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‘More cuts’ to come for oil patch before rebound in ‘late’ 2016: RBC

The country’s energy producers, their workers and the economy as a whole will have to wait another year before oil prices can stage something of a comeback, according to a new forecast.

Economists at the Royal Bank of Canada predicted Tuesday benchmark oil prices would rebound to about $60 a barrel by “late” 2016. In the interim, the oil patch and other oil-producing regions of the country should brace for “more cuts,” the bank forecast said.

“Energy companies are likely to continue to pare back investment in 2016,” RBC chief economist Craig Wright and team said.

Still, next year should see a gradual recovery in oil take hold as production levels globally are reduced and “strong” global demand mops up what’s become an historically large glut on the world market, Wright predicted in the bank’s outlook.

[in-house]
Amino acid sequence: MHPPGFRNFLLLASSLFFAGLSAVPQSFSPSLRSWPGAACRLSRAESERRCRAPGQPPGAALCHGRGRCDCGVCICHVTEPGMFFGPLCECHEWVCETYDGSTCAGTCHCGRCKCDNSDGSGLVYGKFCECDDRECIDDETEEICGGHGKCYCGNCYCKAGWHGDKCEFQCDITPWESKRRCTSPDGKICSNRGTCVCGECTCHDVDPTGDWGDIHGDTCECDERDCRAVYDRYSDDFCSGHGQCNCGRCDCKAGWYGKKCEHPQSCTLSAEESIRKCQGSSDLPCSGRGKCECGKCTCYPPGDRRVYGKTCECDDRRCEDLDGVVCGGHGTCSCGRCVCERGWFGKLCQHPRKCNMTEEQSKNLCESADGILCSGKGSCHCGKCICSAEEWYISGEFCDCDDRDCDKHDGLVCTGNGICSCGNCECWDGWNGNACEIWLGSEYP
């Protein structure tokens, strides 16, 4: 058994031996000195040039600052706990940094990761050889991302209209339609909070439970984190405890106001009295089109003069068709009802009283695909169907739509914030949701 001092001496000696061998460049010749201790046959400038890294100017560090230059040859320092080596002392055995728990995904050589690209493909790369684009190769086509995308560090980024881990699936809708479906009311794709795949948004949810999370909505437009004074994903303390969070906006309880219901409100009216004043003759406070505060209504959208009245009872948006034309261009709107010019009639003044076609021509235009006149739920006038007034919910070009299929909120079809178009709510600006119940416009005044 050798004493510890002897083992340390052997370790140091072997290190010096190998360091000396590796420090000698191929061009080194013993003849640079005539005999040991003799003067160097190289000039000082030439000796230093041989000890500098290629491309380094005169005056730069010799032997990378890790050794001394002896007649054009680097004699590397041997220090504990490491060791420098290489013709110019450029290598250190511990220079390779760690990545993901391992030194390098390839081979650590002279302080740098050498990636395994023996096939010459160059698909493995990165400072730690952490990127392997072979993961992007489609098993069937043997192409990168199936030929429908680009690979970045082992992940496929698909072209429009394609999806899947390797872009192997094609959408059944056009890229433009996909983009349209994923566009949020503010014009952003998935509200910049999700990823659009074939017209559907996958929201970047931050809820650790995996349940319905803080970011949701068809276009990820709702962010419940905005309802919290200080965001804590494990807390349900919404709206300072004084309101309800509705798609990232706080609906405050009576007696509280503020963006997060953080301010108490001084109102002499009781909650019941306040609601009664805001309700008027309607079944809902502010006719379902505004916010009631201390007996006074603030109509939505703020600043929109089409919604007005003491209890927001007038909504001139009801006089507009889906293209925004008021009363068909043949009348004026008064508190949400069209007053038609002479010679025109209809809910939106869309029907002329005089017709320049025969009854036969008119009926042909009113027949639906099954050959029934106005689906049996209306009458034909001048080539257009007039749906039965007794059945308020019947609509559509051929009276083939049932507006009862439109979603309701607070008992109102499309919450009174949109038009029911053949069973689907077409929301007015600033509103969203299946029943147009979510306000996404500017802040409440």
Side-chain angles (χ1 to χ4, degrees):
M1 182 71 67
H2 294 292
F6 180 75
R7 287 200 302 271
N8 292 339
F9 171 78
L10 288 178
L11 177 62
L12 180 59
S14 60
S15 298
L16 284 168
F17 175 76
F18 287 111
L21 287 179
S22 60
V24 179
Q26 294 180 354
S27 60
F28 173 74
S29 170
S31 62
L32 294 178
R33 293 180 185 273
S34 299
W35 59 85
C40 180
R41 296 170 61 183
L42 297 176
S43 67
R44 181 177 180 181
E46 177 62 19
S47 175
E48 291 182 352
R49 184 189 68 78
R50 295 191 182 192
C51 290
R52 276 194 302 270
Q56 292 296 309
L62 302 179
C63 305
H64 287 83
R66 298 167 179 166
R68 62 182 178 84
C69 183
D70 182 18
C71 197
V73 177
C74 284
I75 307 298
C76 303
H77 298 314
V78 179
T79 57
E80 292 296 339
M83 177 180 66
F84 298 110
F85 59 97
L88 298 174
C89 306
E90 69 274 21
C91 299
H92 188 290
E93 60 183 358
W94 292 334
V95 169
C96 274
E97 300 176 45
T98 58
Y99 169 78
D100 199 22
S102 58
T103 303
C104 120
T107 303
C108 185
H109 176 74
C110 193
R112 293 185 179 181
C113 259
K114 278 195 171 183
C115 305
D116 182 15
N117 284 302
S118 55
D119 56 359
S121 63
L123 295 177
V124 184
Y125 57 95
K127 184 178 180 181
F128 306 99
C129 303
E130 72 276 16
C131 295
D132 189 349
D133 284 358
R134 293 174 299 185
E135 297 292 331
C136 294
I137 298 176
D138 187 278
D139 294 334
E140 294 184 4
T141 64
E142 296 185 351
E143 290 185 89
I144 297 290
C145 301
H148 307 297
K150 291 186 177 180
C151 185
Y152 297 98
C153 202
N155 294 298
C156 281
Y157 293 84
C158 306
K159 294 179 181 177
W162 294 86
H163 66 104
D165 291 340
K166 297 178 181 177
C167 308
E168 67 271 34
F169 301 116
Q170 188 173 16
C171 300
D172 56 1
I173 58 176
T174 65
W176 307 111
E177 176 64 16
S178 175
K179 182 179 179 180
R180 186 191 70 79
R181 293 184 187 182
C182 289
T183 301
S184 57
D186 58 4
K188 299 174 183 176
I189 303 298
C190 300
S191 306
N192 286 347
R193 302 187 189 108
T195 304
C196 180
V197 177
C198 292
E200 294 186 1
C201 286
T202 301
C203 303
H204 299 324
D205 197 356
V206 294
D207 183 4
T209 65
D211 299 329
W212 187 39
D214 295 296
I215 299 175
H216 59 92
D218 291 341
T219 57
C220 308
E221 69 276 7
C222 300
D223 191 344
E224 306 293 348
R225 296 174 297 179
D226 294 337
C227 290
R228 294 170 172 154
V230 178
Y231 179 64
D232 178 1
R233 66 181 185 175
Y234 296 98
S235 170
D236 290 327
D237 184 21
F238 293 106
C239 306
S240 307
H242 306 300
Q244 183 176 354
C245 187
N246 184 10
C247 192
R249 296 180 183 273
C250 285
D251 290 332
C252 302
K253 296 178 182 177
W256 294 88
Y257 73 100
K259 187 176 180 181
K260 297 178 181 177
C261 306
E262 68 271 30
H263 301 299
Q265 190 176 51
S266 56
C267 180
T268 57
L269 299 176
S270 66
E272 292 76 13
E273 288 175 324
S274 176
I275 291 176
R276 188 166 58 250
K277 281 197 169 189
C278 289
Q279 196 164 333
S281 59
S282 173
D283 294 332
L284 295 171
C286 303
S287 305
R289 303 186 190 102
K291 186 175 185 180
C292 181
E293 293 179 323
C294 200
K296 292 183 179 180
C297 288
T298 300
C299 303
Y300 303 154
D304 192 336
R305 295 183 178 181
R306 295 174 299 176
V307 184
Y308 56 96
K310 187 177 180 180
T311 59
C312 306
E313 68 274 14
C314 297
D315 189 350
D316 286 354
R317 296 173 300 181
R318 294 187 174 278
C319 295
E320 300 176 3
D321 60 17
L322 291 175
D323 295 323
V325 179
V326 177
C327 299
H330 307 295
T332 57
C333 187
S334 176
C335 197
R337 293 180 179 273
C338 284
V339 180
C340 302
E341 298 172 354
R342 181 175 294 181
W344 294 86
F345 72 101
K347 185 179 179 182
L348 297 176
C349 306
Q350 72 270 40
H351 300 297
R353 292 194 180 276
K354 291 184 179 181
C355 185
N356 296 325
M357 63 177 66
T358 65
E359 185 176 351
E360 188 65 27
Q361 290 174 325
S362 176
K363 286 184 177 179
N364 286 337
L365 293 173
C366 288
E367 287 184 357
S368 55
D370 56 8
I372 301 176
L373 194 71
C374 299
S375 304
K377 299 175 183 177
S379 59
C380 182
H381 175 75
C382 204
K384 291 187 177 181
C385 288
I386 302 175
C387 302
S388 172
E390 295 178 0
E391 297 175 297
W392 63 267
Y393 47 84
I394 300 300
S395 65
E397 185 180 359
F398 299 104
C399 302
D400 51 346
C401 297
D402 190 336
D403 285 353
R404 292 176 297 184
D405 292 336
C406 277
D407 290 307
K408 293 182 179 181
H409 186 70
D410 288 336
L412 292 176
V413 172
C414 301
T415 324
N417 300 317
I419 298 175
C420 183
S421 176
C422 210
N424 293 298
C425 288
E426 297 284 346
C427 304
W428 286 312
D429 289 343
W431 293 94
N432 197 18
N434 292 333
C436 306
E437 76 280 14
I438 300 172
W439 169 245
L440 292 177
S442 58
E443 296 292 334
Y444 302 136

“Our forecast assumes that oil prices will rise next year, thereby reflecting a pullback in supply as the sharp drop in the number of active rigs results in lower levels of global output,” the RBC report said.

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The price of oil has fallen to a seven-year low this week after the Organization of Petroleum Exporting Countries (OPEC) said it would maintain current production levels for the next six months even as a worldwide supply glut shows no signs of easing.

WATCH: The Canadian dollar was down more than half a U.S. cent Monday morning as crude oil futures traded below US$39 a barrel. The loonie traded at 74.21 cents US.

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